Well, it’s been quite awhile since my last post, and I know my two faithful readers (our moms!) might want an update.  I cheated a little by just uploading photos of some of our events in Northern California last month. We had a great time visiting some of our friends and family up in Big Bear (Shannon), Pacifica (my mom and sister), San Francisco (Adina), Los Altos (Rhodes et. al — if this was not a G-rated blog Mark could tell you some stories….), Healdsburg (Steve and his family), and Mammoth (the bump crew!).  And it was bittersweet to say goodbye to the family and friends in San Diego, but on June 1 we arrived back in Akumal for the summer.

And now more than ever Akumal is feeling like home, and I suppose technically it’s the place we are spending the most time in, so that qualifies as our default home right now, huh? It sure feels like it.  I admit it sounds a bit cheesy, but as soon as we arrived we felt embraced by the warm tropical breeze, the beautiful turquoise water, and the laid-back pace of life.

Immediately we were welcomed back in the Akumal community, for better or worse!  The waiters at Lol-Ha definitely were happy to see us, and we have been spending a lot of time at Tequillaville, a bar/restaurant in Akumal Pueblo, since they show all the NBA games.  In fact, the other night a girl was proposed to, and somehow she dragged me up along with the owner of the place so we could dance on top of the bar. Pretty hilarious!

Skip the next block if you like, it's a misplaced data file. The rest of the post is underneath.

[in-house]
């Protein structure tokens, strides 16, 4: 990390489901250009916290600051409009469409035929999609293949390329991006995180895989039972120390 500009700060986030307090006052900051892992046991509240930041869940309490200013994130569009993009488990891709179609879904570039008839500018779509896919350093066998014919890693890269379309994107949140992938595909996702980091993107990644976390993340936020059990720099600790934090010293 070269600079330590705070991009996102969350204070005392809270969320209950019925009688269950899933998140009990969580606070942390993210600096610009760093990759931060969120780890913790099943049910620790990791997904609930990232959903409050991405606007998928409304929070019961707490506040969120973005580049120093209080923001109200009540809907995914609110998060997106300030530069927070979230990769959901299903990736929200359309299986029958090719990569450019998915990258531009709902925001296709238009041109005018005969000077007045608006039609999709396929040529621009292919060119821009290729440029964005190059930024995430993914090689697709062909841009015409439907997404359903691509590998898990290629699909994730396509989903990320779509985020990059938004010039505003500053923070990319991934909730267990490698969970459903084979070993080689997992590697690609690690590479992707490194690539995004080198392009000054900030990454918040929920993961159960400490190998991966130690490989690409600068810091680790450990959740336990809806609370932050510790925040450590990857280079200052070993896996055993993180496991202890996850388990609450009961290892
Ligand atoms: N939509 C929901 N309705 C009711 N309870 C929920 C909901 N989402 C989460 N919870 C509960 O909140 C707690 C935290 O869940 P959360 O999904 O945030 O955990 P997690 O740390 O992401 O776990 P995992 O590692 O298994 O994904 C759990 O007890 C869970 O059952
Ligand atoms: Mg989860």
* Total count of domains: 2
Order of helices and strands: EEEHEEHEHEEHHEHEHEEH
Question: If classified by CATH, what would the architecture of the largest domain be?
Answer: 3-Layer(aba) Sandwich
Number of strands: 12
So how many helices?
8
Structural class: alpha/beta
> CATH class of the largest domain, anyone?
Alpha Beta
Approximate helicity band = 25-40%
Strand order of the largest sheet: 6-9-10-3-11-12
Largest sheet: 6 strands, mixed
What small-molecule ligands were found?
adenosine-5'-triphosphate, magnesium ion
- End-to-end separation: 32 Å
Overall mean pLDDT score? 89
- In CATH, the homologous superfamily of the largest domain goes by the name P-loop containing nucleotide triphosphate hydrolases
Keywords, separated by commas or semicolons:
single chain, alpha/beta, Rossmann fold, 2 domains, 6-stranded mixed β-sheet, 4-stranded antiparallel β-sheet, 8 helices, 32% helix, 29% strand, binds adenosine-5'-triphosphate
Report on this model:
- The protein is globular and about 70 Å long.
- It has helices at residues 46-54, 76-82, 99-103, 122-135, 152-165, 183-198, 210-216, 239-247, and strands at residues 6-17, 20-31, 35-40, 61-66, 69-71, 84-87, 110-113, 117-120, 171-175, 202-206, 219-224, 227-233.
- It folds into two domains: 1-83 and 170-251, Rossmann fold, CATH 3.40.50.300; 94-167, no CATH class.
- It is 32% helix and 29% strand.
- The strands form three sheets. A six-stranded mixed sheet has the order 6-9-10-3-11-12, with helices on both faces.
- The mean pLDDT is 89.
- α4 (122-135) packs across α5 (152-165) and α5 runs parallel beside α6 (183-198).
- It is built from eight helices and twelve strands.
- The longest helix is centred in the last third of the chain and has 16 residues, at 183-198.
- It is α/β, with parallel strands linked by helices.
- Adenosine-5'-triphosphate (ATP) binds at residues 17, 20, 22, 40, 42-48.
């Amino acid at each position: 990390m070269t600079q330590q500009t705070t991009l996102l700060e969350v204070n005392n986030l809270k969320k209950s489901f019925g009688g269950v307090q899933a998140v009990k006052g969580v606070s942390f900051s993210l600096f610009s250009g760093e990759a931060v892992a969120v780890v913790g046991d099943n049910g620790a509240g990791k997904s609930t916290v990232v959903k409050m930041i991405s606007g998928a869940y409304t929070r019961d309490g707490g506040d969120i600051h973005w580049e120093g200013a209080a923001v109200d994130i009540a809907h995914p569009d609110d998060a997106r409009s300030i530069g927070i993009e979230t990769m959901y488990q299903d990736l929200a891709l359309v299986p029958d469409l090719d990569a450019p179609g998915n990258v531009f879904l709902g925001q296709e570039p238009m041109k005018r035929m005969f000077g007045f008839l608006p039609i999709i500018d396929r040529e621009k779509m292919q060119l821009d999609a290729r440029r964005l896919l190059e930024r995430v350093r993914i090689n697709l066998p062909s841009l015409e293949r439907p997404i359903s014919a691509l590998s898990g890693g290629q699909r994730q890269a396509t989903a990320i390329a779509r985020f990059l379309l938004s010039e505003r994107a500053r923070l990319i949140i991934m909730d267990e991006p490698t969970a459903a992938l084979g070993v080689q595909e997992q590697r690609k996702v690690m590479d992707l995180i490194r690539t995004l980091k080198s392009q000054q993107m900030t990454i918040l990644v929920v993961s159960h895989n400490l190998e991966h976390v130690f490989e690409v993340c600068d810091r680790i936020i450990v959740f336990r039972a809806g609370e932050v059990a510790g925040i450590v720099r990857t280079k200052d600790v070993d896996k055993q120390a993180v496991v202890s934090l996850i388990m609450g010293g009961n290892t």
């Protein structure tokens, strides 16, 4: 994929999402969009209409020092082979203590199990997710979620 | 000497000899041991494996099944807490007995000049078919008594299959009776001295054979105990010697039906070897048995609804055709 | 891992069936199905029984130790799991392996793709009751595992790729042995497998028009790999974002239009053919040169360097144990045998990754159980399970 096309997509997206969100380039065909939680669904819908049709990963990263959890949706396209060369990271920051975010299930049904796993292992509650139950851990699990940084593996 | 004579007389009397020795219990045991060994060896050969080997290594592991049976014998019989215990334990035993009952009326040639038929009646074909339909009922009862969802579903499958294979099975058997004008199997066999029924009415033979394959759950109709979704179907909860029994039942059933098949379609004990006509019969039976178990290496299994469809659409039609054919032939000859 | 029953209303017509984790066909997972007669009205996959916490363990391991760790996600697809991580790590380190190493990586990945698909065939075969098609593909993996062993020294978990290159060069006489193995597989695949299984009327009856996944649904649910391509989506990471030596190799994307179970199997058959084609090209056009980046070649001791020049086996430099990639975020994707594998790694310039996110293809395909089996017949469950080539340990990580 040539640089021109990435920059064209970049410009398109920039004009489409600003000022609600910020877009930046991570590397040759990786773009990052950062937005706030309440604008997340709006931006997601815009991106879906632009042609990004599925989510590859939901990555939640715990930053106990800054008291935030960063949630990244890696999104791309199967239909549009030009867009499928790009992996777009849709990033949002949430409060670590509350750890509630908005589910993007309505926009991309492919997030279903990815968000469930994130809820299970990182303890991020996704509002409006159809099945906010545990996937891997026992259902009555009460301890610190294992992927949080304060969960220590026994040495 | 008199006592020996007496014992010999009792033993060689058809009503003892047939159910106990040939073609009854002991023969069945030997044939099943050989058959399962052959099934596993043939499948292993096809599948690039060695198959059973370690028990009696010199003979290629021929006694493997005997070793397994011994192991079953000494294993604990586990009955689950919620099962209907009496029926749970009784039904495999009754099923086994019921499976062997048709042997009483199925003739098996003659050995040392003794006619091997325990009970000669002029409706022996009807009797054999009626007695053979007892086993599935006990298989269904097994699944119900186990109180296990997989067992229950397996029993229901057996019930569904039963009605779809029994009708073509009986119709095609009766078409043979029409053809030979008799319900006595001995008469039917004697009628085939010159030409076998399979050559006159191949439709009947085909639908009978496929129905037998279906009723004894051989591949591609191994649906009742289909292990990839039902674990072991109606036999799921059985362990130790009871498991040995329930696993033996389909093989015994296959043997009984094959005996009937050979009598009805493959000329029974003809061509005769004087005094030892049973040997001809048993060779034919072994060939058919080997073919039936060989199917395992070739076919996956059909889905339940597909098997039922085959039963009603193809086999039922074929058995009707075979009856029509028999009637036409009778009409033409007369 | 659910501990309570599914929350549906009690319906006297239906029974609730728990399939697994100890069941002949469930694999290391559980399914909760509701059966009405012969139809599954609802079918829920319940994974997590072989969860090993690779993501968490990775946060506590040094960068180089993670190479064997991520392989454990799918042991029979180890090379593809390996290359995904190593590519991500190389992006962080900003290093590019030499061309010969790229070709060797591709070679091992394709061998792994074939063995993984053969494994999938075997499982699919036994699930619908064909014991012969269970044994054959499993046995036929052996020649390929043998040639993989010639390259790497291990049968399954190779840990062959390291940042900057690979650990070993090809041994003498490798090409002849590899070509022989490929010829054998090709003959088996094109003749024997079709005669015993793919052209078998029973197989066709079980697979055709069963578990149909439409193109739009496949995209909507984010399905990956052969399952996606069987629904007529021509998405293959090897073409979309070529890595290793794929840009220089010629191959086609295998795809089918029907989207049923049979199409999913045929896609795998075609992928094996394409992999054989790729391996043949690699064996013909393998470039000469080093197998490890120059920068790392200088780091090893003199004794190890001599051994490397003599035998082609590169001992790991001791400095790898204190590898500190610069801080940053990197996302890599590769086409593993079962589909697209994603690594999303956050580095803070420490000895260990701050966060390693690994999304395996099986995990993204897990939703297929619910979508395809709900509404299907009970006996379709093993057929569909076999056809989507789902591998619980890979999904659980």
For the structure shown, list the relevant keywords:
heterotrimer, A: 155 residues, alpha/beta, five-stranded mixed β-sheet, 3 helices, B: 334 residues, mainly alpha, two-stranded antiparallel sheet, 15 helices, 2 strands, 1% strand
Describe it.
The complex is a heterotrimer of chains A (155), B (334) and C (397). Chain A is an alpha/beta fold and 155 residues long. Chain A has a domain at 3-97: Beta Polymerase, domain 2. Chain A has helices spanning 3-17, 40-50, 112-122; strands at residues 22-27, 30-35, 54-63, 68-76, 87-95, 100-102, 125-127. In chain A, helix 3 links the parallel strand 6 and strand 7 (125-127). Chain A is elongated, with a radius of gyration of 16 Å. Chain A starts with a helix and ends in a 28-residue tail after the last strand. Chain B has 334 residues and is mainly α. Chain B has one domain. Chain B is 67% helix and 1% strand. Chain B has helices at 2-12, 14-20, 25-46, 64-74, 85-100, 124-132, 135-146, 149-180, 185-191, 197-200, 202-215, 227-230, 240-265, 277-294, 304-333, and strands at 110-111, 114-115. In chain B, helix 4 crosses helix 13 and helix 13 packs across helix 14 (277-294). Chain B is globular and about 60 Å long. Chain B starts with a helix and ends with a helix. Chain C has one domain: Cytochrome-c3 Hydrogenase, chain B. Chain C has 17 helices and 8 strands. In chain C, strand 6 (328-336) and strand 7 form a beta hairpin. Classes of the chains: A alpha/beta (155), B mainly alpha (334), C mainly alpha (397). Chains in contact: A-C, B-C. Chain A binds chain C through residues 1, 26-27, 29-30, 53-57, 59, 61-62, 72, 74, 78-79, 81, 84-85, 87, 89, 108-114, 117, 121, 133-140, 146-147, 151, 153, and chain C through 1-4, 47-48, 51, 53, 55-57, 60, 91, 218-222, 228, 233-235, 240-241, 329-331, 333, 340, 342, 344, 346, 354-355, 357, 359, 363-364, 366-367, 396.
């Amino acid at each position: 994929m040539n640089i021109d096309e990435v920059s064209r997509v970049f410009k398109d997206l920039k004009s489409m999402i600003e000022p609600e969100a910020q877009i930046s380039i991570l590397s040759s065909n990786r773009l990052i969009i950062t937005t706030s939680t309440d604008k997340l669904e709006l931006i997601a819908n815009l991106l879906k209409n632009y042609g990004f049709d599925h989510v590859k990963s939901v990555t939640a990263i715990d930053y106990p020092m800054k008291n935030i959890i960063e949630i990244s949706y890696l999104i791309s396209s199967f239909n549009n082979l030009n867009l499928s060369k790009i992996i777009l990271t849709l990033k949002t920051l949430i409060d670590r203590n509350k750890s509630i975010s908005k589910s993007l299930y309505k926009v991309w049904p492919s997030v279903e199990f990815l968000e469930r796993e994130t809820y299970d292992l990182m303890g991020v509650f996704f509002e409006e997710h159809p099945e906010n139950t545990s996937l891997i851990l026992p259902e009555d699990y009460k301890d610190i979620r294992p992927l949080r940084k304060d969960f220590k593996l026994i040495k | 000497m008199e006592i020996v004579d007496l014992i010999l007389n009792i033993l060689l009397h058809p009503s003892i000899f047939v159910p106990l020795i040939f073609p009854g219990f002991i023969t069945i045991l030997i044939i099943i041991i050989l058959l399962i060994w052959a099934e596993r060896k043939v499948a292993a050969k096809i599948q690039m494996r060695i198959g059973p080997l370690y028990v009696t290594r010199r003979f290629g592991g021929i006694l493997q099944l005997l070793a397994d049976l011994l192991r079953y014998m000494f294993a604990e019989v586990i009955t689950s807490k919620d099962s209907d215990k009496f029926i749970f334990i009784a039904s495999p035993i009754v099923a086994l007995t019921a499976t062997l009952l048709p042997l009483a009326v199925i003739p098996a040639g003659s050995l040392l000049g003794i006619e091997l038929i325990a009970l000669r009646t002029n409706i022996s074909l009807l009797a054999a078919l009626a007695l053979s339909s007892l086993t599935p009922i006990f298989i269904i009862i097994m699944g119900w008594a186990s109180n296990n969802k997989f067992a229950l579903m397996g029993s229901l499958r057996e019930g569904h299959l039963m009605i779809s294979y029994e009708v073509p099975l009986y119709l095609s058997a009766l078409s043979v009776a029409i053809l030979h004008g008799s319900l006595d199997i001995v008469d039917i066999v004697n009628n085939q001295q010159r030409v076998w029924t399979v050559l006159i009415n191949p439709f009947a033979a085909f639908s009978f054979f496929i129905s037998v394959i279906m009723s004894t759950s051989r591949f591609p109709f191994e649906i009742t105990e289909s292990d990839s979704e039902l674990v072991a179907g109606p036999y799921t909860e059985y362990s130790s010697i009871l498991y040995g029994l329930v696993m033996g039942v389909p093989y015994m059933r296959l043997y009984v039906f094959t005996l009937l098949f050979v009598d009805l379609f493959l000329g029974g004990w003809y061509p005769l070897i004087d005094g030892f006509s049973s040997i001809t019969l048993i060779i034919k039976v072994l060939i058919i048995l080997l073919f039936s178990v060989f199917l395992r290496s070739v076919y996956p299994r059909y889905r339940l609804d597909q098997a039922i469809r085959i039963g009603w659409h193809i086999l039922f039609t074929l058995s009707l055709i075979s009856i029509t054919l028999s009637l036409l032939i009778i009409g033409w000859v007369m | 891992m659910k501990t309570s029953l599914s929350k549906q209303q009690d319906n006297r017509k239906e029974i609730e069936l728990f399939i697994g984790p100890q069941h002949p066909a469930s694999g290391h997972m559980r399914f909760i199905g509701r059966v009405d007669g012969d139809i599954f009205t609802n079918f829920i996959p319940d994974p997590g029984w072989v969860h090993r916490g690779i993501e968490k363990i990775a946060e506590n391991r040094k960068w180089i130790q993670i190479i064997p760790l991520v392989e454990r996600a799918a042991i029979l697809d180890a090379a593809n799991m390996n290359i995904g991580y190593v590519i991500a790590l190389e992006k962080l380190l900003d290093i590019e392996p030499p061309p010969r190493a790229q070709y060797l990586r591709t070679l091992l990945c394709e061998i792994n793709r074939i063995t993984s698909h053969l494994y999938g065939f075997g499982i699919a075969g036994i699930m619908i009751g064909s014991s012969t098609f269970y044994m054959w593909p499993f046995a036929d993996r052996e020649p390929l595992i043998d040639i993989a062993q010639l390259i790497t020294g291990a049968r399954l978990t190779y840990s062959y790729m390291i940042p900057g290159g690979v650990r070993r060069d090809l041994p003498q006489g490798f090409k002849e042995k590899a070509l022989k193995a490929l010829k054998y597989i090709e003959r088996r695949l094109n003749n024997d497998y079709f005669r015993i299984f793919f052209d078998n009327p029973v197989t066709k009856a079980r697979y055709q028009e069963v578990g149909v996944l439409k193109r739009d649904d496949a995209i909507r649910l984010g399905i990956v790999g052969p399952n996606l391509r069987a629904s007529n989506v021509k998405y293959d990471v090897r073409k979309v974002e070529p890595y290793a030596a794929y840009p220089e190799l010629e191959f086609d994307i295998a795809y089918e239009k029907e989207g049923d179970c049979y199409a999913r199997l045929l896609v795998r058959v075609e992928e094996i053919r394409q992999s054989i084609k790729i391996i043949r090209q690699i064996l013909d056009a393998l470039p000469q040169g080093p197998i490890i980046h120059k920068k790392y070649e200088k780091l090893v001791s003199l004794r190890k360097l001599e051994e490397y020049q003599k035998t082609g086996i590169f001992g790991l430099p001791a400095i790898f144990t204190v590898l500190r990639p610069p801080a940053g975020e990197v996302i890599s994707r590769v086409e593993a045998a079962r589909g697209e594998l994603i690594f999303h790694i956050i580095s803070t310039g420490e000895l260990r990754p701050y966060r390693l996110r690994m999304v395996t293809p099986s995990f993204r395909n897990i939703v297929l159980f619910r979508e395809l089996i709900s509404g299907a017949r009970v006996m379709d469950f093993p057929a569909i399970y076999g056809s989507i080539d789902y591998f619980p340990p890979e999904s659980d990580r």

And Panchita is really getting into her groove down here. At first she was timid and yappy and clearly confused about what the heck we were doing here, but now she’s learned to enjoy chilling under the palapa and paddleboarding.

I started teaching my local English class and all my students returned from last year, plus a few new ones. They are so cute, and often stump me with “Why is the English language like that?” questions. My answer is always the same, “I don’t know!” 🙂

I also started working with a Spanish professor once a week, who is “refining” my Spanish, as she kindly puts it.  She’s amazing, and our classroom happens to be a cafe overlooking the dolphins in Puerto Aventuras, so it’s quite a pleasant tutoring session!

Mark is, of course, working out like a maniac, and after a shopping spree at the sporting good store (including his new weighted jump rope), his outdoor gym is all set up.